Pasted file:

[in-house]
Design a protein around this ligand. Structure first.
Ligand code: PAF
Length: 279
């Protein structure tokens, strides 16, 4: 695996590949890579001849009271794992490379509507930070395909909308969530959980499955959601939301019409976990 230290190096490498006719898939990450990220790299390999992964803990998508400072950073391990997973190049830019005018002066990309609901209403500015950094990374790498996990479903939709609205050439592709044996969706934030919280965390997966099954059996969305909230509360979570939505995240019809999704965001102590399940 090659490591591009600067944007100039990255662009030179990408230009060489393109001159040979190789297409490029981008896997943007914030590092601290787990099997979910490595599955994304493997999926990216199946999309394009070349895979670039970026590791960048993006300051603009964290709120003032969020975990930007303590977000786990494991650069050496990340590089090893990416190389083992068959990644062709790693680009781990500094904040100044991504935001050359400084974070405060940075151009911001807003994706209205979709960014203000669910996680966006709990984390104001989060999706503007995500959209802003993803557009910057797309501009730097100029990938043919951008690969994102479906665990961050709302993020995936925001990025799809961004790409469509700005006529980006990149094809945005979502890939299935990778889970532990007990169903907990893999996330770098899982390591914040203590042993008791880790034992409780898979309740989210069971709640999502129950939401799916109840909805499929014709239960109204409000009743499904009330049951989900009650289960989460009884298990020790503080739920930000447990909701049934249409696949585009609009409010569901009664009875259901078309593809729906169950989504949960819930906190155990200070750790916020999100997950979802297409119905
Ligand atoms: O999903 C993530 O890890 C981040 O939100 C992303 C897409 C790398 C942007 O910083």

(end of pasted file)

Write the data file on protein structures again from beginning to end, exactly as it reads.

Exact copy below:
[in-house]
Design a protein around this ligand. Structure first.
Ligand code: PAF
Length: 279
């Protein structure tokens, strides 16, 4: 695996590949890579001849009271794992490379509507930070395909909308969530959980499955959601939301019409976990 230290190096490498006719898939990450990220790299390999992964803990998508400072950073391990997973190049830019005018002066990309609901209403500015950094990374790498996990479903939709609205050439592709044996969706934030919280965390997966099954059996969305909230509360979570939505995240019809999704965001102590399940 090659490591591009600067944007100039990255662009030179990408230009060489393109001159040979190789297409490029981008896997943007914030590092601290787990099997979910490595599955994304493997999926990216199946999309394009070349895979670039970026590791960048993006300051603009964290709120003032969020975990930007303590977000786990494991650069050496990340590089090893990416190389083992068959990644062709790693680009781990500094904040100044991504935001050359400084974070405060940075151009911001807003994706209205979709960014203000669910996680966006709990984390104001989060999706503007995500959209802003993803557009910057797309501009730097100029990938043919951008690969994102479906665990961050709302993020995936925001990025799809961004790409469509700005006529980006990149094809945005979502890939299935990778889970532990007990169903907990893999996330770098899982390591914040203590042993008791880790034992409780898979309740989210069971709640999502129950939401799916109840909805499929014709239960109204409000009743499904009330049951989900009650289960989460009884298990020790503080739920930000447990909701049934249409696949585009609009409010569901009664009875259901078309593809729906169950989504949960819930906190155990200070750790916020999100997950979802297409119905
Ligand atoms: O999903 C993530 O890890 C981040 O939100 C992303 C897409 C790398 C942007 O910083």